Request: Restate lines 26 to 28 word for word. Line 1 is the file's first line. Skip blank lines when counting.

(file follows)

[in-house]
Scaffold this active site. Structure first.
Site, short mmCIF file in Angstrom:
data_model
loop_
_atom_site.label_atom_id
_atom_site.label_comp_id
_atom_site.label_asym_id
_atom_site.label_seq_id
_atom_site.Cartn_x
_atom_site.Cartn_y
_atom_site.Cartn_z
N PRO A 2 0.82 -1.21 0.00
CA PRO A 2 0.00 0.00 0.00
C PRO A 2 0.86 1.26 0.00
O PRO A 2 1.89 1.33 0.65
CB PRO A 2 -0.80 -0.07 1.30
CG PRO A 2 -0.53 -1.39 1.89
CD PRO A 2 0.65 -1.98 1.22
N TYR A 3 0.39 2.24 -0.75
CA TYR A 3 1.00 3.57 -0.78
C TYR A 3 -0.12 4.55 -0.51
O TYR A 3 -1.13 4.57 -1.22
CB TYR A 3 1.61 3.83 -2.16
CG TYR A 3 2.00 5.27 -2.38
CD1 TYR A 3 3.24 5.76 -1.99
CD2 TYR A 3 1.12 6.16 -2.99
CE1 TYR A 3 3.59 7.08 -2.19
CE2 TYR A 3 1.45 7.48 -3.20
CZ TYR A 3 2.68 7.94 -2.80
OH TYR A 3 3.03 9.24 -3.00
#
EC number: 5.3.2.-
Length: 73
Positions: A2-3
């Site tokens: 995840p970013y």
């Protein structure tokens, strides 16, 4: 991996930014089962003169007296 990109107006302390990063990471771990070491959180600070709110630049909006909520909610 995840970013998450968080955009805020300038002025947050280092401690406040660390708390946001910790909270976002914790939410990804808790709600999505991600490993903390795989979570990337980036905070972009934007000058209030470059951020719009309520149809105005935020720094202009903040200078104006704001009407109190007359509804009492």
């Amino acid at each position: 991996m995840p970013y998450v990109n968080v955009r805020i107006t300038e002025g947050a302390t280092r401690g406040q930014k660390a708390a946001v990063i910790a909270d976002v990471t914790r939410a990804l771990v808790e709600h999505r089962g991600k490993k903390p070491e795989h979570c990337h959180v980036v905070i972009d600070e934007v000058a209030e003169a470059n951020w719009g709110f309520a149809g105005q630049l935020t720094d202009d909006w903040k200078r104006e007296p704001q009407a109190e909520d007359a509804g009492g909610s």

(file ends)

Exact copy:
CD1 TYR A 3 3.24 5.76 -1.99
CD2 TYR A 3 1.12 6.16 -2.99
CE1 TYR A 3 3.59 7.08 -2.19